Early detection of Alzheimer's disease: promising new methods?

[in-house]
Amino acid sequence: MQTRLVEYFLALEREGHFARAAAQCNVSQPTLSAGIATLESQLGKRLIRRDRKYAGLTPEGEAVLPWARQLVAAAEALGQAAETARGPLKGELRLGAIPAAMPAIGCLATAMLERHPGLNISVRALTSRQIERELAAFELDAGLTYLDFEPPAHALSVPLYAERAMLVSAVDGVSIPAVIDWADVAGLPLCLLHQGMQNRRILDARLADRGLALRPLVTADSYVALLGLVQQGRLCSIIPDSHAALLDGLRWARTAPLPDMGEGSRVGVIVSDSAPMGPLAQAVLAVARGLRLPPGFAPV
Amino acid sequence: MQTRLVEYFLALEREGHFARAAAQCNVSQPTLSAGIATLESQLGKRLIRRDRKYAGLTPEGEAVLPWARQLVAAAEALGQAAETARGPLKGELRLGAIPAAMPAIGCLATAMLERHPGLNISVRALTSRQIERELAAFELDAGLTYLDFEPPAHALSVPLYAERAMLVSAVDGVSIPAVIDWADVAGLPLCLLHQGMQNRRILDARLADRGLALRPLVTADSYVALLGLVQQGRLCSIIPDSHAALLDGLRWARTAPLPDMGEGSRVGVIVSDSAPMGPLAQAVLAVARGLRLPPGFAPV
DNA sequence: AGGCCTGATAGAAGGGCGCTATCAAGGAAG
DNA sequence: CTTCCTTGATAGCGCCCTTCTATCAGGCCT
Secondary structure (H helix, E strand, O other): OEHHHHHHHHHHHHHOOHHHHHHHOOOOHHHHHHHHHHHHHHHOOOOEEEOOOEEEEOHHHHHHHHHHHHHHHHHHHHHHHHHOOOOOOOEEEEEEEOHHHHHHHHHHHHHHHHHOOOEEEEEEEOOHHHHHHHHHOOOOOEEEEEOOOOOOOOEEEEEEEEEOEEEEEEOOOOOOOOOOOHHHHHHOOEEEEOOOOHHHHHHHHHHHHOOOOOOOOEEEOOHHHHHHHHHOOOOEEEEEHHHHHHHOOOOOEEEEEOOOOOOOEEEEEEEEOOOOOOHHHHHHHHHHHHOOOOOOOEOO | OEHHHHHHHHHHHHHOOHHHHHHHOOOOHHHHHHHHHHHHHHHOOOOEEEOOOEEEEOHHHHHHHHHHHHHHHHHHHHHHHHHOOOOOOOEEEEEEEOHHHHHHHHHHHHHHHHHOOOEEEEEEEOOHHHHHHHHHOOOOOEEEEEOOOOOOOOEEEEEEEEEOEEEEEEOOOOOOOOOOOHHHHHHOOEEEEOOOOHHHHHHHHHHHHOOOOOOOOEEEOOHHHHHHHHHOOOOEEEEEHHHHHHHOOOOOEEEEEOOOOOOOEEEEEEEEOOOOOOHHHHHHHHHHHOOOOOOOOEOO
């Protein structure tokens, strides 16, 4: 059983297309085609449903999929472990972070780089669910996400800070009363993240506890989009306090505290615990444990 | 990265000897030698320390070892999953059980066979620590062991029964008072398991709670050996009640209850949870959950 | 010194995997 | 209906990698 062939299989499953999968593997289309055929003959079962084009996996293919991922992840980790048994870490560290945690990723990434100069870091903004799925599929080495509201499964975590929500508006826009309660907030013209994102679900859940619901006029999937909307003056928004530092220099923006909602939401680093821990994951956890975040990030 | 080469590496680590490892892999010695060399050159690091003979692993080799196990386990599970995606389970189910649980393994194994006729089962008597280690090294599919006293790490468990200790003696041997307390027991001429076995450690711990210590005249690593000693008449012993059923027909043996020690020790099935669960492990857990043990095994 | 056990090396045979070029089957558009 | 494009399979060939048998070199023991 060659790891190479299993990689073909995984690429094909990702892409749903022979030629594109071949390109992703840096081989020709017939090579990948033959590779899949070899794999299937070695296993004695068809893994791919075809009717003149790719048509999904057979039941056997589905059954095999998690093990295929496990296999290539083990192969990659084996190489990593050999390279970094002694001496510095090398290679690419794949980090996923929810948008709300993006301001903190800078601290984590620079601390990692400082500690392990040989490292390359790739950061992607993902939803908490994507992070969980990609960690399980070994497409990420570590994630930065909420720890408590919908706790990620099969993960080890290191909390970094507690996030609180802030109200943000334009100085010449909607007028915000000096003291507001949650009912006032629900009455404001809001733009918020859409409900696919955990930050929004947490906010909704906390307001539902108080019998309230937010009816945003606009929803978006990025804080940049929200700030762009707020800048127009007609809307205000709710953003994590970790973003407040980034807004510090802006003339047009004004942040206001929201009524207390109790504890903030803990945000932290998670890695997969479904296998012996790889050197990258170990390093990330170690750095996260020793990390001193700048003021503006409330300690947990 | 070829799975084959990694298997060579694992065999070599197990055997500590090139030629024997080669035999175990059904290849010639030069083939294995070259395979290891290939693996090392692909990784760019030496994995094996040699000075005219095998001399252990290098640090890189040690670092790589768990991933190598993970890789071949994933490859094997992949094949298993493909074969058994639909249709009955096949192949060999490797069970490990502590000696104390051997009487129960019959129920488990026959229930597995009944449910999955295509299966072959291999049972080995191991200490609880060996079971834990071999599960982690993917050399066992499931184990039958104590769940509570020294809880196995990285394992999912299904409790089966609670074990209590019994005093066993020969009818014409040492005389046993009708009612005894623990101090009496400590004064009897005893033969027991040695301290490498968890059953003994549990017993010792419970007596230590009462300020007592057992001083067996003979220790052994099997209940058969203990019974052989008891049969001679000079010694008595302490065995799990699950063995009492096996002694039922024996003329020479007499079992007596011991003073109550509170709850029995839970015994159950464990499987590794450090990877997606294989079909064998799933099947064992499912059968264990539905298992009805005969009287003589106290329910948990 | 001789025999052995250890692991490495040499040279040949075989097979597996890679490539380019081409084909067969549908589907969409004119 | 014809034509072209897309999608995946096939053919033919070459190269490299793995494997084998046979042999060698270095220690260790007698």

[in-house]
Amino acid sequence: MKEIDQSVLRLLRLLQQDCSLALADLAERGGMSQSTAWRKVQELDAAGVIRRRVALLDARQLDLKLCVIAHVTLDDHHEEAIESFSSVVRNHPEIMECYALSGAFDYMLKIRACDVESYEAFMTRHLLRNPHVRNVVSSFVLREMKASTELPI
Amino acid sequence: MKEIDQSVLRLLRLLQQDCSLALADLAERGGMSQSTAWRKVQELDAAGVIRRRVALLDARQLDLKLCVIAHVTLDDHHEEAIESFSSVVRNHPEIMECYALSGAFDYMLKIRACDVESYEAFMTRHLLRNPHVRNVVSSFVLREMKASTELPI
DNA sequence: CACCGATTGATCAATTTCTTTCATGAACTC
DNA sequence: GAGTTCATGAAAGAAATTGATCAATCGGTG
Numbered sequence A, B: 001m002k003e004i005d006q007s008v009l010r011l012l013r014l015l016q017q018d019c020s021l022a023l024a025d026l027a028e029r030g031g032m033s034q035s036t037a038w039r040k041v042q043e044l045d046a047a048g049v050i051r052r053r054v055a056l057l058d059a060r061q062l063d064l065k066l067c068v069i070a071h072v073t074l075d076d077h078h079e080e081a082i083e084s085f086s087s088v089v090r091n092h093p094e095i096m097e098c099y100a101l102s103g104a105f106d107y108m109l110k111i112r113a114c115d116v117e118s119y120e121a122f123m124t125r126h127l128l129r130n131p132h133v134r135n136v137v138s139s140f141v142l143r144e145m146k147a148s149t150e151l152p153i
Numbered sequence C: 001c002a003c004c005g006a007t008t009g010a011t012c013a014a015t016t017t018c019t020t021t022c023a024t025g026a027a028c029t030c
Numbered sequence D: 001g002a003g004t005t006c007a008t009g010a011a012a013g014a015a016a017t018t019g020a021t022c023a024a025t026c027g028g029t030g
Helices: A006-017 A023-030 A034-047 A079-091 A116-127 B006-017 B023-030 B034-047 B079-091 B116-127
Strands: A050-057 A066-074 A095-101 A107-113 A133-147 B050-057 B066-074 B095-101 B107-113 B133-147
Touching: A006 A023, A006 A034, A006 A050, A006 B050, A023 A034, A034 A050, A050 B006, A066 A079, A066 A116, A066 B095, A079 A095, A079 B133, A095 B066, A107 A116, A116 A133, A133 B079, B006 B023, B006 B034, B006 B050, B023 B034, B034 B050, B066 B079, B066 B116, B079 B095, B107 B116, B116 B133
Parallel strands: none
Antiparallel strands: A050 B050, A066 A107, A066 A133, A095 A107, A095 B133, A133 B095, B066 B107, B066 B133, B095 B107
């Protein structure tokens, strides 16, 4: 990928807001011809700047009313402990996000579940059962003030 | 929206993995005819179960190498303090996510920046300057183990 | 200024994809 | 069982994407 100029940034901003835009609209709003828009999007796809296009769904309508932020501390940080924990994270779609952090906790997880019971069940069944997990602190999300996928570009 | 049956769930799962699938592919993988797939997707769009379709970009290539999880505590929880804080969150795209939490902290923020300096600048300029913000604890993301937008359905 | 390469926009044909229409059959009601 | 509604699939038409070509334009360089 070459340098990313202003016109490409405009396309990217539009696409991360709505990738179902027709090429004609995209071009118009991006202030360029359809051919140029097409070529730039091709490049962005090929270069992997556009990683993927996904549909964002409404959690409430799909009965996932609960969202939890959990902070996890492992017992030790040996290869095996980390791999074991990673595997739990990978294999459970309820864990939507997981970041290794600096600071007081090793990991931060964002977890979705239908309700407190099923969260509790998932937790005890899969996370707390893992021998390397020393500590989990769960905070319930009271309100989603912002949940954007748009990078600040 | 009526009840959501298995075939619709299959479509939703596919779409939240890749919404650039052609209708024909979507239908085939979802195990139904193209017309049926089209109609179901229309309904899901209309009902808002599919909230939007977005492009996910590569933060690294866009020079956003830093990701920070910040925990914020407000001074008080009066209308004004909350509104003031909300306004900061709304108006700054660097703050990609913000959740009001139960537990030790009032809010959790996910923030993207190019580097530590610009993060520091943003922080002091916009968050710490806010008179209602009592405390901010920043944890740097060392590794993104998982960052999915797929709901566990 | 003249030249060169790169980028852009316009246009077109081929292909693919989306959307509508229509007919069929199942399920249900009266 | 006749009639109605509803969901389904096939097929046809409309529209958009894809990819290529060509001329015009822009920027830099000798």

According to the 2015 World Alzheimer Report, there are approximately 46 million people worldwide living with dementia.1 This number is expected to double every 20 years, reaching 131.5 million by 2050.1 It has been estimated that the total worldwide dementia-related healthcare cost is $818 billion, rising to $2 trillion by 2030.1 Alzheimer’s disease (AD) is the most common progressive cause of dementia in the elderly and a severe public health burden on the aging society, especially as life expectancy increases in certain parts of the world.1 As part of the top 10 leading causes of death in America, AD has no proven preventive or curative interventions.2 Progress in the management and treatment of AD is limited by lack of early diagnostics, yet early diagnosis is critical to the development of effective therapies. Although there are anti-